The year 2015 is inching closer with each passing day. As July 1, 2015, approaches, the debate and discussion about the future of Santa Monica Airport (SMO) will likely intensify, as certain agreements with the federal government are set to expire.
A coalition of residents and groups – Airport2Park.org – hopes to steer the SMO debate and discussion toward building a “great park” on the airport grounds, expanding upon the sports fields and park area already on portions of the premises.
To that end, the coalition is hitting the ground running and hosting a community workshop next month “to envision what the park could be.”
Entitled “From Airport to Park: Turning Santa Monica Airport into a Park for Everyone,” the workshop takes place Oct. 3 from 6 pm to 9 pm at Mount Olive Church, 1343 Ocean Park Boulevard, Santa Monica.
“Airport2Park.org is a coalition uniting residents who want to seize the once-in-a-generation opportunity to create a great park in place of the Santa Monica Airport,” John Fairweather, Chair of Community Against Santa Monica Airport Traffic (CASMAT), said in a statement.
According to the coalition’s website, the new group was inspired “from parks around the U.S. and world that were transformed from airports, old railways, and more.”
The coalition lists eight parks converted airports, railways, or other transit facilities, including Cornfields Park just outside downtown Los Angeles, Stapleton Park in Denver, Colo., Northerly Park in Chicago, and the Great Park in Orange County, Calif., among others.
Cornfields Park, for example, was formerly the Southern Pacific Transportation Company’s River Station. The public open space is formally dubbed Los Angeles State Historic Park and is nestled between Chinatown and Elysian Park.
Stapleton Park is 80-acres in size and the third largest public park in Denver. The park was built on the site of the old Stapleton International Airport, which was the City’s primary airport until it shut down in 1995.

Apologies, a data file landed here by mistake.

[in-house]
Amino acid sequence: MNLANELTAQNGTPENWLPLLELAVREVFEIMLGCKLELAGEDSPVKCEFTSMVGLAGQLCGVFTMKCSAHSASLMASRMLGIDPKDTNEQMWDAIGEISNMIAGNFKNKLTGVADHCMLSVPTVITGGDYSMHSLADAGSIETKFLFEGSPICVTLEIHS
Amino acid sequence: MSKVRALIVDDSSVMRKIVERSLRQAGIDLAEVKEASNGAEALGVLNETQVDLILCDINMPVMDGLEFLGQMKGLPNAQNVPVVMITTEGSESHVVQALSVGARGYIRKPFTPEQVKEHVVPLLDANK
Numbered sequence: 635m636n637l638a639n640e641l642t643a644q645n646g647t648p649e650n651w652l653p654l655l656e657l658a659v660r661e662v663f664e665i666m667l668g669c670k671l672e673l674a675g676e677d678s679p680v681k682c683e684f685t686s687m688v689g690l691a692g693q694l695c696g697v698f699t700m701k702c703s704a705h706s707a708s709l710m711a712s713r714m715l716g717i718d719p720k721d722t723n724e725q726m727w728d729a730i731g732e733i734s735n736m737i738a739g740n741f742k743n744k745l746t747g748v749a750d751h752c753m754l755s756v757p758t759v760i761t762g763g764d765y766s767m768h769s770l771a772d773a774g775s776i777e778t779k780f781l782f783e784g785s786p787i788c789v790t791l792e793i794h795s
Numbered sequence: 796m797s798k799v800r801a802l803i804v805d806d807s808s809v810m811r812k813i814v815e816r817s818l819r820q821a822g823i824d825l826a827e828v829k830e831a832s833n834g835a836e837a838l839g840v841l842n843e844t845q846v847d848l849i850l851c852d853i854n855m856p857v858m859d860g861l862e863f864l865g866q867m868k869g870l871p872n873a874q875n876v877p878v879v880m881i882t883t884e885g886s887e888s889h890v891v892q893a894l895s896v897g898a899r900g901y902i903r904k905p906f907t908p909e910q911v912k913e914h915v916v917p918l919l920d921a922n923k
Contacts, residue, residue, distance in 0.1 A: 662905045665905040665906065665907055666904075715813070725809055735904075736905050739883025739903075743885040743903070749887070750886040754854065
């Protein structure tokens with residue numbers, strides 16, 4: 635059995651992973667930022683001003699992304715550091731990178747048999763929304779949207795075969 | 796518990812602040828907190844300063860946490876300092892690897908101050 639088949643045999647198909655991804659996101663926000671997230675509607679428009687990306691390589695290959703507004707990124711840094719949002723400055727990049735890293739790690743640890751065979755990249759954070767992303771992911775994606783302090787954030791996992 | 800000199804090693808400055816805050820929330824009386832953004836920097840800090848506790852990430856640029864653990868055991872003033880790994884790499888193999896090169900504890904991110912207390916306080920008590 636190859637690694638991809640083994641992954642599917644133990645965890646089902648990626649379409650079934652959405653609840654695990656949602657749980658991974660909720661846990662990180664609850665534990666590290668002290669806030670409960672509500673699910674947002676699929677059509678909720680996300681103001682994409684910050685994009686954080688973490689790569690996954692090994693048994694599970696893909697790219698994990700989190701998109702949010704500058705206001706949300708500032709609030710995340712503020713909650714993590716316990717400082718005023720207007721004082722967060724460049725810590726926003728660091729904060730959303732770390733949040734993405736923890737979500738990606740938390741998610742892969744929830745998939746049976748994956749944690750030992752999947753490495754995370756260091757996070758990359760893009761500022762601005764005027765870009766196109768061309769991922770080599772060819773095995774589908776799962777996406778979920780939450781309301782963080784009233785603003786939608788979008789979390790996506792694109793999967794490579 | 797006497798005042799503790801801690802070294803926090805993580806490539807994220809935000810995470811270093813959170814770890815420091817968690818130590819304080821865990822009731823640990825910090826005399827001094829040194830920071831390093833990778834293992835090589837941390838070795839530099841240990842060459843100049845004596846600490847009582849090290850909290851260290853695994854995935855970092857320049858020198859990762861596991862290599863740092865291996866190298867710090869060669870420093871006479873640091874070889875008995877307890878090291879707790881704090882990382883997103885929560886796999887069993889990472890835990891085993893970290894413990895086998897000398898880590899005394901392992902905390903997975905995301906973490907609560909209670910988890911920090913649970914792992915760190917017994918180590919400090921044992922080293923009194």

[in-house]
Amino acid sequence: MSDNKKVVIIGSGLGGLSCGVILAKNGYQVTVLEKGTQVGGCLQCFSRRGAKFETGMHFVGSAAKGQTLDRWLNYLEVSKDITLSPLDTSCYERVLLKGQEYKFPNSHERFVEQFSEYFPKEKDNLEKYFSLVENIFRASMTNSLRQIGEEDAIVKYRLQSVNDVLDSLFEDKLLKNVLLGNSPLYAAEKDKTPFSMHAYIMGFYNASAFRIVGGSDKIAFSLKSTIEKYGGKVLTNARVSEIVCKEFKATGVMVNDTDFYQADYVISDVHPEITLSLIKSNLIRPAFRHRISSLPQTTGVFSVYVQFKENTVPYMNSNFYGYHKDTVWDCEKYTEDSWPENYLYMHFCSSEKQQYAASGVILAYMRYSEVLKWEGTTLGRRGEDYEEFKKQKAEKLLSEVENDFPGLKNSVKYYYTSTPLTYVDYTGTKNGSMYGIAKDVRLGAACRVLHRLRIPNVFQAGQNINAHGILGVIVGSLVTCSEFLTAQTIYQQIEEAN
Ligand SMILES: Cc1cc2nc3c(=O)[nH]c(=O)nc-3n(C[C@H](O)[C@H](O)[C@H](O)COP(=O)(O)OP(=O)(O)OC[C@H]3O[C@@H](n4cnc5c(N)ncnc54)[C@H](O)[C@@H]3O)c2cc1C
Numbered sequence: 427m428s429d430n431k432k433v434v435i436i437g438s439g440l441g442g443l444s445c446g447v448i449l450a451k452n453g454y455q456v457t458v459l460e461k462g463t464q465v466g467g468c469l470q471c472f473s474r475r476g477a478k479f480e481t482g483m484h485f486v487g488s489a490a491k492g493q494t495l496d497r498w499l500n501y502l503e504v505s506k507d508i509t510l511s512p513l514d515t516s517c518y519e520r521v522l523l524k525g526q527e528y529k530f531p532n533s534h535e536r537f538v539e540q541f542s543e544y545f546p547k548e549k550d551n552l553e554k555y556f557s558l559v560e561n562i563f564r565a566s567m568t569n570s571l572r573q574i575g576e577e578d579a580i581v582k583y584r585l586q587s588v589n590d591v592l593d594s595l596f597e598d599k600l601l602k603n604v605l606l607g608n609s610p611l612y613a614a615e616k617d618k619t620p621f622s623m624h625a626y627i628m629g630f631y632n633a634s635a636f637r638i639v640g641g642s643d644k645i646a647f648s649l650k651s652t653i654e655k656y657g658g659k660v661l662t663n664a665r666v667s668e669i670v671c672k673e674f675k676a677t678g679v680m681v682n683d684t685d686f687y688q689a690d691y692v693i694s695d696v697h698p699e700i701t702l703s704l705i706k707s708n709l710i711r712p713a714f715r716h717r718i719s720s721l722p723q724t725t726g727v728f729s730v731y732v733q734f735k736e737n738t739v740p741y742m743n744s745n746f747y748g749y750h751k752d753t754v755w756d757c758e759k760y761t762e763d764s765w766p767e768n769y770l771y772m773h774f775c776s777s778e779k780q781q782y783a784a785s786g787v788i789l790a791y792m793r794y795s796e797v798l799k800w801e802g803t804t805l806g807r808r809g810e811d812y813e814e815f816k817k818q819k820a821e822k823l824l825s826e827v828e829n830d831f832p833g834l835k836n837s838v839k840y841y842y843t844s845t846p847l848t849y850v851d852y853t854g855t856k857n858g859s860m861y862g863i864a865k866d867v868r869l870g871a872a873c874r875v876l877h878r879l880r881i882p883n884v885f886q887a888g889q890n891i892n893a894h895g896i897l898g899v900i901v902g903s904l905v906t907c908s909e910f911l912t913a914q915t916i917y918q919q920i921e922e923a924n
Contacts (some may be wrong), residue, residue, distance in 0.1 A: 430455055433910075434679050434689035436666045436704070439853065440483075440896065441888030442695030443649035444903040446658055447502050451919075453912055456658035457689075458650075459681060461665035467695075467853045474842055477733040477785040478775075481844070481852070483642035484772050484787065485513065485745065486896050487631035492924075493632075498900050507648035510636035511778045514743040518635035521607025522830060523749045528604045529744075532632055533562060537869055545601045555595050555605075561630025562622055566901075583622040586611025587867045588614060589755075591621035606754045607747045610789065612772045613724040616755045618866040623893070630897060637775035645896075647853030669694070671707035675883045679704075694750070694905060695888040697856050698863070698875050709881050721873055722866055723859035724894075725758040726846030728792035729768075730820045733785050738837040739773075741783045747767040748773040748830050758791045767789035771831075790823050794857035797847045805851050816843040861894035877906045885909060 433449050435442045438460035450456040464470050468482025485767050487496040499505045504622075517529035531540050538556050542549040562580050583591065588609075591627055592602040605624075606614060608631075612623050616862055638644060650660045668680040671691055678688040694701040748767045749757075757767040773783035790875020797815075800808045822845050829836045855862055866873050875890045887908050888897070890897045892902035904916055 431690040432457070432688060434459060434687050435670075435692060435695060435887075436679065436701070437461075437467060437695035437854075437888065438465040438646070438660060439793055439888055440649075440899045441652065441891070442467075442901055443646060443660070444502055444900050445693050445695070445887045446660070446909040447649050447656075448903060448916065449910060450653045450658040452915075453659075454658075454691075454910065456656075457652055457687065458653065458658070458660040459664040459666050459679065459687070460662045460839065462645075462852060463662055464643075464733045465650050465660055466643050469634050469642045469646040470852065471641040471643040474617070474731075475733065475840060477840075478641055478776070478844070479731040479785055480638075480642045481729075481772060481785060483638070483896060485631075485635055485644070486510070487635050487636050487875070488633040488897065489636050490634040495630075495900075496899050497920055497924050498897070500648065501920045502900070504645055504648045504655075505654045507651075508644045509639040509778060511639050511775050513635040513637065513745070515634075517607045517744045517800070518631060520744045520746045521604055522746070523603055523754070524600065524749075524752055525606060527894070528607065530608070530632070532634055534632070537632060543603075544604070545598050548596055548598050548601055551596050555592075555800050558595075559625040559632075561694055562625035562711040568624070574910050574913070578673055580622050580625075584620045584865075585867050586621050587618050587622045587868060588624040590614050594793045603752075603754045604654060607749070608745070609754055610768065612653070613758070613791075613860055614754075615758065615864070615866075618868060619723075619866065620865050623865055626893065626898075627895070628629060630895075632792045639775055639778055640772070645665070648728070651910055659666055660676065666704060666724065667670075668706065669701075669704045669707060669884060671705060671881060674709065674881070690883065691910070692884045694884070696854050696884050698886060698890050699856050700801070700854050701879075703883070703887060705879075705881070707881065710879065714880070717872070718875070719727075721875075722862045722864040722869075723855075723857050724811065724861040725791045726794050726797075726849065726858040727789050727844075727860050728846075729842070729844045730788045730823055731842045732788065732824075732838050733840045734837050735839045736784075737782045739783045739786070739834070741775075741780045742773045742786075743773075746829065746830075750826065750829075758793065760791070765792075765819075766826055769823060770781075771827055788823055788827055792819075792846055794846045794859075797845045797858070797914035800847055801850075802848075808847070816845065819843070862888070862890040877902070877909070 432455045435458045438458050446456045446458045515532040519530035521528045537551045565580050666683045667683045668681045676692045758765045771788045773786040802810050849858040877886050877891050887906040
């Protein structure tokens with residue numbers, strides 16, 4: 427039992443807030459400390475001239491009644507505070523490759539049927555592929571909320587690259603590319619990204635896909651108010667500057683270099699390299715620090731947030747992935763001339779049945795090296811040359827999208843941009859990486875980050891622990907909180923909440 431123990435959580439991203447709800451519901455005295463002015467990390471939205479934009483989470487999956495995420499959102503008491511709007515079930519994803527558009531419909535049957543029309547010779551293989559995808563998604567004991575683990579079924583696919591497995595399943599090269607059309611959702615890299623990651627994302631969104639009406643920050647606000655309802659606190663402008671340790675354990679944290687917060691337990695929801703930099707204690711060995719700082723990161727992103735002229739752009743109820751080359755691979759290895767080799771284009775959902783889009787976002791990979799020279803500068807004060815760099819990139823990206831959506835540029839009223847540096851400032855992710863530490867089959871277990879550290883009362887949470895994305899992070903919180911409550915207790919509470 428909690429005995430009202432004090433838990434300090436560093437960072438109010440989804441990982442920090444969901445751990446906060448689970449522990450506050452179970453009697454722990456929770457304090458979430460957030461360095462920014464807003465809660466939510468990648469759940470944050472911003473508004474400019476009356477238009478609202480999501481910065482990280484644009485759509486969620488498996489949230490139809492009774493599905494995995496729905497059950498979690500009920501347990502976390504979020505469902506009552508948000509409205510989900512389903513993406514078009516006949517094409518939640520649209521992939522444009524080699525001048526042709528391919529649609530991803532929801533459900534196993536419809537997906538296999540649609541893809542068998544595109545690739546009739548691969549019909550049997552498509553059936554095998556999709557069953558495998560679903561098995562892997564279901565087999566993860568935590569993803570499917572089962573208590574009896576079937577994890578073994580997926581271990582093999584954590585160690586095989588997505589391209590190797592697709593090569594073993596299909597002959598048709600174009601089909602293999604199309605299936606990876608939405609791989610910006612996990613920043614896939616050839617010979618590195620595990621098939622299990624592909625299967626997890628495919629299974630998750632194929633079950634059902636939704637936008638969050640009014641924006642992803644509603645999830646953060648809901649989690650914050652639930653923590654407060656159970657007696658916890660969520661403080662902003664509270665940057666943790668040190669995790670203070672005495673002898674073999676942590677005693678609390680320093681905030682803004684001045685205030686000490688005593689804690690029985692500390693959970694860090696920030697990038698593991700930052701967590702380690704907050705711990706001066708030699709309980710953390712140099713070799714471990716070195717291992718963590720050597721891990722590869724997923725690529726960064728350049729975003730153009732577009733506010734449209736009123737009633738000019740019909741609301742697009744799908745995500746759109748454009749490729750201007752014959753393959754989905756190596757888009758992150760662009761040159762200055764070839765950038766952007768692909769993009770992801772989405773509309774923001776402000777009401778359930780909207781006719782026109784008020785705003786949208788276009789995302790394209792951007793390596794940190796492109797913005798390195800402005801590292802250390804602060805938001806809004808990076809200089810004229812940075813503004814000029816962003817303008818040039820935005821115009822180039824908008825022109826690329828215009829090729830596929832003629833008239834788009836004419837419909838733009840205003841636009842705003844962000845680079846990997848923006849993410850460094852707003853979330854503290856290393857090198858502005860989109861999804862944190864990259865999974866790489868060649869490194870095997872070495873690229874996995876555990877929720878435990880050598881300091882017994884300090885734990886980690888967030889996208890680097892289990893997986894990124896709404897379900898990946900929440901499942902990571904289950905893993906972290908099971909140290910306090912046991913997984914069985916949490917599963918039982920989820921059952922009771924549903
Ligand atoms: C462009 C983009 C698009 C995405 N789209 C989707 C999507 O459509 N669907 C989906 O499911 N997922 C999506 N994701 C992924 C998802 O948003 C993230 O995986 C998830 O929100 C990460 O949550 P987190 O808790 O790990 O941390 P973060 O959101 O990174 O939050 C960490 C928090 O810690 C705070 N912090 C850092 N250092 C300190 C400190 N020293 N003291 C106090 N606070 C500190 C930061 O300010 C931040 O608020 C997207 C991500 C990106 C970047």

The Great Park in Orange County is still being built in El Toro, where a military airbase once existed.
In Chicago, Northerly Park was built atop the old Meigs Field, a single-strip airport shut down in 2003 and is now a lakefront open space.
Other transit hubs converted into public parks referenced on the Airport2Park.org site include Floyd Bennett Park in New York City, Tempelhofer Park in Berlin, Bulltofta Park in Sweden, and Edmonton Park in Edmonton, Canada.
The coalition boasts if a “great park” was realized at SMO, it could be one-third the size of New York’s Central Park.
“Santa Monica Great Park could be well over twice the size of all other Santa Monica parks combined,” the website reads.
According to the coalition, converting SMO into a public park would be the preferred course of action.
“Surveys have shown that the public overwhelmingly favors turning Santa Monica Airport into a park,” the coalition stated.
The coalition envisioned how the park could be used, if realized. For example, the park itself would feature trails, playgrounds, gardens, quiet places, and facilities for walking, hiking, jogging, and cycling.
As for SMO’s buildings on Airport Avenue, the coalition hopes they “could become arts and cultural facilities.”
“Buildings north of the runway now used for aircraft operations could become space for tech, environmental, and other business incubators; the rents to the city for these uses can support park operations,” the coalition continued in its statement. “A park will also allow for improvement of north-south street connections to improve traffic circulation.”
Speakers at the Oct. 3 workshop are expected to talk about how other airports in the United States and other countries were converted into parks.
Three groups make up the coalition that is Airport2Park.org, including Community Against Santa Monica Airport Traffic, Concerned Residents Against Airport Pollution, and Sunset Park Anti-Airport, Inc.
More information can be found at www.airport2park.org.
The Mirror will continue coverage of this issue in coming weeks and present opinions of those who seek to keep SMO open or seek other uses of the airport should its operation be limited or shut down completely.